The NLRA was passed in 1935 in an attempt to level the playing field between individual workers and employers. When Congress passed the statute, it recognized that employees really only have power when they work together. This is true in a union context as much as it is in a courtroom.
Gorsuch argues that since class actions didn’t really exist at the time the NLRA was passed, the statute shouldn’t apply to class action waivers. But, of course, the practice of mandatory arbitration for employees wasn’t commonplace then either. Employers have found new ways to limit employee rights, and the way we interpret our laws should evolve to reflect that.
Instead, Gorsuch’s decision ignores all power imbalances between employers and employees. “Should employees and employers be allowed to agree that any disputes between them will be resolved through one-on-one arbitration?” he writes. “Or should employees always be permitted to bring their claims in class or collective actions, no matter what they agreed with their employers?”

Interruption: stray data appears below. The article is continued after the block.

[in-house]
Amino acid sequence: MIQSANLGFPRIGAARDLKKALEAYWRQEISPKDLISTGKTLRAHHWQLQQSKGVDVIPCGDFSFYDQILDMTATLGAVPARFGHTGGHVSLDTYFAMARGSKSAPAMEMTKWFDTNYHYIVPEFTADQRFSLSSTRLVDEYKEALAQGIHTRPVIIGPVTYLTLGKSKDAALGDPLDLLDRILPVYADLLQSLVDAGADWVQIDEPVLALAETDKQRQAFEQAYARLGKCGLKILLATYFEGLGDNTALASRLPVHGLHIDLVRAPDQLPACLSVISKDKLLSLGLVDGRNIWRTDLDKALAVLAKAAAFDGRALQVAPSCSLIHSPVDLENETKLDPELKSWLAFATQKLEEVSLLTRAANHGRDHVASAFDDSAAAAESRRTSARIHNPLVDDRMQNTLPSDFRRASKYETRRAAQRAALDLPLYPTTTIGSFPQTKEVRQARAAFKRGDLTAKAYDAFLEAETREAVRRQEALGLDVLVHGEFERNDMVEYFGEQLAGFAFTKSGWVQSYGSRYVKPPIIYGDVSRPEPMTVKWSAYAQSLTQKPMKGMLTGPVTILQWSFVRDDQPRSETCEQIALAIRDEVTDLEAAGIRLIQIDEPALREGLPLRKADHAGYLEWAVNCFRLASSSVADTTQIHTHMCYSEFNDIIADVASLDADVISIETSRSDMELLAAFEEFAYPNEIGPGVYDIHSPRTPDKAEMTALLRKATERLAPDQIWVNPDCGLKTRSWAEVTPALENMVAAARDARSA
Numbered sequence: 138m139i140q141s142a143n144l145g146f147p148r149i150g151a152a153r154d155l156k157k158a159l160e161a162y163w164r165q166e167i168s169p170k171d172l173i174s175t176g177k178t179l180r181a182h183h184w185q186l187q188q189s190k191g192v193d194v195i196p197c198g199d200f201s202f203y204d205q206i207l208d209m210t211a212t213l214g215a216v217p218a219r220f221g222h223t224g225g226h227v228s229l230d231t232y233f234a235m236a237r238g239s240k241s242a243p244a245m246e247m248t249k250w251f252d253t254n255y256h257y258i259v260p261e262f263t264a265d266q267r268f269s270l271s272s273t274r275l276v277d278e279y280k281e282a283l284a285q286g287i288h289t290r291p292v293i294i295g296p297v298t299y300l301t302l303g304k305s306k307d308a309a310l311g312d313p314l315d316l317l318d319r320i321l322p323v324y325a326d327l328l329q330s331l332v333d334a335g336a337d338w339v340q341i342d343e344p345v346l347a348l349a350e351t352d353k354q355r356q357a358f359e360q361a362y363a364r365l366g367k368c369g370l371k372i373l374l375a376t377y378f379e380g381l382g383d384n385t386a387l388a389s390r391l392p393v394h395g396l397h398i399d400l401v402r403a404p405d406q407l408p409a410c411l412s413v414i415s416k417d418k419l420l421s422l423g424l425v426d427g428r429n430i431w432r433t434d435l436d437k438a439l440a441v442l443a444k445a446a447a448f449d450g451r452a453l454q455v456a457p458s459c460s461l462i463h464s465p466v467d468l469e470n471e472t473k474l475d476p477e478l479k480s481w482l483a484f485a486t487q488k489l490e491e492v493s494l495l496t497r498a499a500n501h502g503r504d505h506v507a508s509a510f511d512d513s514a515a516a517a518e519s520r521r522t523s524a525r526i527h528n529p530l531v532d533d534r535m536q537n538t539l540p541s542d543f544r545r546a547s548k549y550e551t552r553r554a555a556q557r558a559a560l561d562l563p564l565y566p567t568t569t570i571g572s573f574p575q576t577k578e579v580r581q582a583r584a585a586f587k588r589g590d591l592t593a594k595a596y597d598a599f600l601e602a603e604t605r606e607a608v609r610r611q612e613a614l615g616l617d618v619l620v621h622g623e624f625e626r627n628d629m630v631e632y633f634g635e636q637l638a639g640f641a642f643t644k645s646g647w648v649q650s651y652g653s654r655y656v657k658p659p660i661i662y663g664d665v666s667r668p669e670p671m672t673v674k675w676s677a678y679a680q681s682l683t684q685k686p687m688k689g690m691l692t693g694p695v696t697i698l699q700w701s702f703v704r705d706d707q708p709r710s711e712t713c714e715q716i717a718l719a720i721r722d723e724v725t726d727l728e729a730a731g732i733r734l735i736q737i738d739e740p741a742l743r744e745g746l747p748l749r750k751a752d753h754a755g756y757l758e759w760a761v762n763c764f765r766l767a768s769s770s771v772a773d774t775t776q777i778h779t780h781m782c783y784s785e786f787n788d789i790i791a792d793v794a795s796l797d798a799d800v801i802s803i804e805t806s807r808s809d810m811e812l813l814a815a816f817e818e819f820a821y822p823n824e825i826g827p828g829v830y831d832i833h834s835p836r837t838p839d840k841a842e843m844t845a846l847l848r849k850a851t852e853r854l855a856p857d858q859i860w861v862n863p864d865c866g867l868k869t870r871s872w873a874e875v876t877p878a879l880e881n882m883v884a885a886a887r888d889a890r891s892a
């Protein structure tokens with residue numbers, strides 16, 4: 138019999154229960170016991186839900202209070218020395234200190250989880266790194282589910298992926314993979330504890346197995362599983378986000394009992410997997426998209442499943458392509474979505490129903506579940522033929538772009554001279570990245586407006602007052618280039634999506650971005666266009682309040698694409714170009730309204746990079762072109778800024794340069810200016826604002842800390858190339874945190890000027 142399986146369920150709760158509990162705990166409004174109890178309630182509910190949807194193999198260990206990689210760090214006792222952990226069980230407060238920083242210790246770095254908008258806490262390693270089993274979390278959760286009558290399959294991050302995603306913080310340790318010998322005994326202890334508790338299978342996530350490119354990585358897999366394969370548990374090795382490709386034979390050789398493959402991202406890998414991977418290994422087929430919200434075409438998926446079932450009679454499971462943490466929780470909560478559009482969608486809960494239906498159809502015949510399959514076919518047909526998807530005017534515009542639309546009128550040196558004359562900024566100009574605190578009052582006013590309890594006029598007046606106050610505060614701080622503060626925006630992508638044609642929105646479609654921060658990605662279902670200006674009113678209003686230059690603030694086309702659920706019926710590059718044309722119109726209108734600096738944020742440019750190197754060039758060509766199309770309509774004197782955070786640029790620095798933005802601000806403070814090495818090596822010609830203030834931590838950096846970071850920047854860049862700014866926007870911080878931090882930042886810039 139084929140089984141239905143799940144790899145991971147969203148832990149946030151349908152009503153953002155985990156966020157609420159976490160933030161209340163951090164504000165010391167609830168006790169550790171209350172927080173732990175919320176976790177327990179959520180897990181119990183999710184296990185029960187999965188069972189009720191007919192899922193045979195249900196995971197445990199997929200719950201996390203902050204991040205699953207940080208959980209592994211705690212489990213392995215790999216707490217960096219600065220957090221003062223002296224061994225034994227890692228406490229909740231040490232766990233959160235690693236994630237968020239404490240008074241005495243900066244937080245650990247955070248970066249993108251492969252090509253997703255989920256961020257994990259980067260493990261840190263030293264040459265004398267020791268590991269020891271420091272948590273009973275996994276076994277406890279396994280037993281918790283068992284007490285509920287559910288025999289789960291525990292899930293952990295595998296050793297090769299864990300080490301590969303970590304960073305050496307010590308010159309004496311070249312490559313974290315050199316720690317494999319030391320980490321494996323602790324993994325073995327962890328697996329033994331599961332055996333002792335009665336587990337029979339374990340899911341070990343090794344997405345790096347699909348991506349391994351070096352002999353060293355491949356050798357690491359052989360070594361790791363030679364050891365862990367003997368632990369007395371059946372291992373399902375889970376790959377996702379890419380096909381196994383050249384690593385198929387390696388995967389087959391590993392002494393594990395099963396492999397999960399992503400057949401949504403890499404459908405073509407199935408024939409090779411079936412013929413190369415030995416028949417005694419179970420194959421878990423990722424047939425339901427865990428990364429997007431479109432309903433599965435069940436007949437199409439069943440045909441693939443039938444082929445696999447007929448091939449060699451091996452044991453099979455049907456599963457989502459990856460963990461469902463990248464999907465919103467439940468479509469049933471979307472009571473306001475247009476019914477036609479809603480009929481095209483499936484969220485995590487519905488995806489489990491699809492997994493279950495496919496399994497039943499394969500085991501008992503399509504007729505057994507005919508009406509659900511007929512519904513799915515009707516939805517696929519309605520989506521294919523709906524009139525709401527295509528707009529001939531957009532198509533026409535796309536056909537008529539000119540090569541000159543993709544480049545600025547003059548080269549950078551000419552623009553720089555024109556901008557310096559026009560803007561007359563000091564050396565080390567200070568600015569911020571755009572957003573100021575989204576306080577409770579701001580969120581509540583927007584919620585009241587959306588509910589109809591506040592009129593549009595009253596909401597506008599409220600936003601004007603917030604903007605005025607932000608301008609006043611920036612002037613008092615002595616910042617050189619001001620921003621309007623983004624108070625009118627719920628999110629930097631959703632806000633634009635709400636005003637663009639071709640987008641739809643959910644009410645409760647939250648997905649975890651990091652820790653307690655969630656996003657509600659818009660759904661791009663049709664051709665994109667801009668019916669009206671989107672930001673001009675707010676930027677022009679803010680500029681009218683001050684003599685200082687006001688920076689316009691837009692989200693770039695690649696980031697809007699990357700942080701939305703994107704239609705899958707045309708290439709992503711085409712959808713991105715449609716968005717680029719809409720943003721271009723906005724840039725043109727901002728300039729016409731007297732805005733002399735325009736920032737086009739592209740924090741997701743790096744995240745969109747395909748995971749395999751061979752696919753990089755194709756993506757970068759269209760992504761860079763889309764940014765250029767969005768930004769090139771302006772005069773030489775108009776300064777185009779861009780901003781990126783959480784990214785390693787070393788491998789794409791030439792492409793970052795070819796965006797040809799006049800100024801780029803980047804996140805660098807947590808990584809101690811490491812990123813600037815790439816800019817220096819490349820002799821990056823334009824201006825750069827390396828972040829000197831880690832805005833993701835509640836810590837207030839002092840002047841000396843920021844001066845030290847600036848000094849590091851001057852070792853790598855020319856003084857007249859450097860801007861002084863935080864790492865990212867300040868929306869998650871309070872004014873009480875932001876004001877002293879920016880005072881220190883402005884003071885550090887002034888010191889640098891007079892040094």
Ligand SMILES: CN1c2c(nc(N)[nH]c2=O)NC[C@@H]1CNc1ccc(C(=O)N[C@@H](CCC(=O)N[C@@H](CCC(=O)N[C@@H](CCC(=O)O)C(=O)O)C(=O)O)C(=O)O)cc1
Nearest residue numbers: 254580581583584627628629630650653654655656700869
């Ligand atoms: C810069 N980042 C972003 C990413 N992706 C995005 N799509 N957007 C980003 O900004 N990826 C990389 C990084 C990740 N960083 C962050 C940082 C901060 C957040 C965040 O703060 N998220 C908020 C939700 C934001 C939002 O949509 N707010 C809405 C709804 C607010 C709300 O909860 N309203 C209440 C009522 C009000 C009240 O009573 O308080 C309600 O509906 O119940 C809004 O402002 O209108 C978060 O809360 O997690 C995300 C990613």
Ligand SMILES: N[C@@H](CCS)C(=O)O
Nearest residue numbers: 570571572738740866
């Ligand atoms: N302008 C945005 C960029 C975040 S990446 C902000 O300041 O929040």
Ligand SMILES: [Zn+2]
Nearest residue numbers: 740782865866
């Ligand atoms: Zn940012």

The problem with this argument is that it presumes these contracts are drafted up by two teams of lawyers representing parties of equal power, not legal documents created by corporate law departments and shoved under the noses of unwitting employees on their first day of work. Later on, Gorsuch writes of “the parties,” plural, who “proceeded to specify the rules that would govern their arbitrations,” as if every low-wage worker consults a contract lawyer before signing off on their HR paperwork.